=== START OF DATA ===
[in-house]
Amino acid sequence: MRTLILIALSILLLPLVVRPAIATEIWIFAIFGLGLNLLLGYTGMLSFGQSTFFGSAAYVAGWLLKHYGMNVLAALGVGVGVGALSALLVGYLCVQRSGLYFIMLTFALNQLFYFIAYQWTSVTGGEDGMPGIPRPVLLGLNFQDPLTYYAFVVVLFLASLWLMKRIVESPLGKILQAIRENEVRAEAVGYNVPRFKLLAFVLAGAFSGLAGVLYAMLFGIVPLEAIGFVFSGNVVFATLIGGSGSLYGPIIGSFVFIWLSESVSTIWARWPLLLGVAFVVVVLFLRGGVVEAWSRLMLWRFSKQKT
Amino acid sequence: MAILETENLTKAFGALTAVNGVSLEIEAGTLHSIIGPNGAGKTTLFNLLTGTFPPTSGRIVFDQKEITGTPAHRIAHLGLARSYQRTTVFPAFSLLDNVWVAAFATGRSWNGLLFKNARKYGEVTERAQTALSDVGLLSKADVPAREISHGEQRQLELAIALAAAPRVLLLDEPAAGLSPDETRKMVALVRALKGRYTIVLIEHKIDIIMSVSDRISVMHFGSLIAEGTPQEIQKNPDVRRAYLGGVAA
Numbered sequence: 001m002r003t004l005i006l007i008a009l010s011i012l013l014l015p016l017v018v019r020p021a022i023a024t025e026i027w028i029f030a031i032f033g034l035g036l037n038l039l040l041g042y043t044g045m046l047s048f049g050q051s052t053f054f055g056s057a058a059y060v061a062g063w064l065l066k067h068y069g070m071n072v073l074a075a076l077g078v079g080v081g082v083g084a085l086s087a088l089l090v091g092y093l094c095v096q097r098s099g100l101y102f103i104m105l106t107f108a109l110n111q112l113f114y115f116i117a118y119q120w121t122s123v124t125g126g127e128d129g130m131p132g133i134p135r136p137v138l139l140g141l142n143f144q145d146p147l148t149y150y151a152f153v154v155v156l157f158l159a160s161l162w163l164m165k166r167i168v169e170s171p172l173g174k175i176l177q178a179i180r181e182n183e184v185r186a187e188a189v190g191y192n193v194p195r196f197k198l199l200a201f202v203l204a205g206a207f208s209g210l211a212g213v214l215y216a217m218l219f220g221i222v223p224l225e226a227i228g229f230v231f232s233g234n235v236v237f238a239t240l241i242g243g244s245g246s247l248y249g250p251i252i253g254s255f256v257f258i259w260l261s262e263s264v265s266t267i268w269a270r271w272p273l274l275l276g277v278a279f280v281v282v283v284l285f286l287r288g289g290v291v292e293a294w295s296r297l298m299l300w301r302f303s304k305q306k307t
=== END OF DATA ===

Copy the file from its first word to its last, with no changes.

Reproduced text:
[in-house]
Amino acid sequence: MRTLILIALSILLLPLVVRPAIATEIWIFAIFGLGLNLLLGYTGMLSFGQSTFFGSAAYVAGWLLKHYGMNVLAALGVGVGVGALSALLVGYLCVQRSGLYFIMLTFALNQLFYFIAYQWTSVTGGEDGMPGIPRPVLLGLNFQDPLTYYAFVVVLFLASLWLMKRIVESPLGKILQAIRENEVRAEAVGYNVPRFKLLAFVLAGAFSGLAGVLYAMLFGIVPLEAIGFVFSGNVVFATLIGGSGSLYGPIIGSFVFIWLSESVSTIWARWPLLLGVAFVVVVLFLRGGVVEAWSRLMLWRFSKQKT
Amino acid sequence: MAILETENLTKAFGALTAVNGVSLEIEAGTLHSIIGPNGAGKTTLFNLLTGTFPPTSGRIVFDQKEITGTPAHRIAHLGLARSYQRTTVFPAFSLLDNVWVAAFATGRSWNGLLFKNARKYGEVTERAQTALSDVGLLSKADVPAREISHGEQRQLELAIALAAAPRVLLLDEPAAGLSPDETRKMVALVRALKGRYTIVLIEHKIDIIMSVSDRISVMHFGSLIAEGTPQEIQKNPDVRRAYLGGVAA
Numbered sequence: 001m002r003t004l005i006l007i008a009l010s011i012l013l014l015p016l017v018v019r020p021a022i023a024t025e026i027w028i029f030a031i032f033g034l035g036l037n038l039l040l041g042y043t044g045m046l047s048f049g050q051s052t053f054f055g056s057a058a059y060v061a062g063w064l065l066k067h068y069g070m071n072v073l074a075a076l077g078v079g080v081g082v083g084a085l086s087a088l089l090v091g092y093l094c095v096q097r098s099g100l101y102f103i104m105l106t107f108a109l110n111q112l113f114y115f116i117a118y119q120w121t122s123v124t125g126g127e128d129g130m131p132g133i134p135r136p137v138l139l140g141l142n143f144q145d146p147l148t149y150y151a152f153v154v155v156l157f158l159a160s161l162w163l164m165k166r167i168v169e170s171p172l173g174k175i176l177q178a179i180r181e182n183e184v185r186a187e188a189v190g191y192n193v194p195r196f197k198l199l200a201f202v203l204a205g206a207f208s209g210l211a212g213v214l215y216a217m218l219f220g221i222v223p224l225e226a227i228g229f230v231f232s233g234n235v236v237f238a239t240l241i242g243g244s245g246s247l248y249g250p251i252i253g254s255f256v257f258i259w260l261s262e263s264v265s266t267i268w269a270r271w272p273l274l275l276g277v278a279f280v281v282v283v284l285f286l287r288g289g290v291v292e293a294w295s296r297l298m299l300w301r302f303s304k305q306k307t